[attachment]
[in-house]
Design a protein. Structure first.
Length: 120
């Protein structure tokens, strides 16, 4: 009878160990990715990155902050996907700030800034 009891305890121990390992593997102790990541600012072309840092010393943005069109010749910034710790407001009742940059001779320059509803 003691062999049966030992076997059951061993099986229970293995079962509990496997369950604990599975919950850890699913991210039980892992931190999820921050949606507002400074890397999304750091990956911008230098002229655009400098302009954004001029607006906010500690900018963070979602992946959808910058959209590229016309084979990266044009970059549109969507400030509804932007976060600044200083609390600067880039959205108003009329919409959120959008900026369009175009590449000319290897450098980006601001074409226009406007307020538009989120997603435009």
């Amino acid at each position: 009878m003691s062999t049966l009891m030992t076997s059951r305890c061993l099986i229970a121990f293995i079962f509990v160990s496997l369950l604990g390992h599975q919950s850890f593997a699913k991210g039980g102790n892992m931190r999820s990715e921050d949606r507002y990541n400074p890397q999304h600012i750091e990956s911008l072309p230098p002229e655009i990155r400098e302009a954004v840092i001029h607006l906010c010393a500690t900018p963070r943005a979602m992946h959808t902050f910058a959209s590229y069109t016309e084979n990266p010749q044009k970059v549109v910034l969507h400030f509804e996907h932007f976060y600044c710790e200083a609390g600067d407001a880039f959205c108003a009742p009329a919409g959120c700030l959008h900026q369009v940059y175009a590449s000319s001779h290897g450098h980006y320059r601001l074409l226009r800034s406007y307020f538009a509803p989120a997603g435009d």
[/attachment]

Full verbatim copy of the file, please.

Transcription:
[in-house]
Design a protein. Structure first.
Length: 120
């Protein structure tokens, strides 16, 4: 009878160990990715990155902050996907700030800034 009891305890121990390992593997102790990541600012072309840092010393943005069109010749910034710790407001009742940059001779320059509803 003691062999049966030992076997059951061993099986229970293995079962509990496997369950604990599975919950850890699913991210039980892992931190999820921050949606507002400074890397999304750091990956911008230098002229655009400098302009954004001029607006906010500690900018963070979602992946959808910058959209590229016309084979990266044009970059549109969507400030509804932007976060600044200083609390600067880039959205108003009329919409959120959008900026369009175009590449000319290897450098980006601001074409226009406007307020538009989120997603435009």
């Amino acid at each position: 009878m003691s062999t049966l009891m030992t076997s059951r305890c061993l099986i229970a121990f293995i079962f509990v160990s496997l369950l604990g390992h599975q919950s850890f593997a699913k991210g039980g102790n892992m931190r999820s990715e921050d949606r507002y990541n400074p890397q999304h600012i750091e990956s911008l072309p230098p002229e655009i990155r400098e302009a954004v840092i001029h607006l906010c010393a500690t900018p963070r943005a979602m992946h959808t902050f910058a959209s590229y069109t016309e084979n990266p010749q044009k970059v549109v910034l969507h400030f509804e996907h932007f976060y600044c710790e200083a609390g600067d407001a880039f959205c108003a009742p009329a919409g959120c700030l959008h900026q369009v940059y175009a590449s000319s001779h290897g450098h980006y320059r601001l074409l226009r800034s406007y307020f538009a509803p989120a997603g435009d």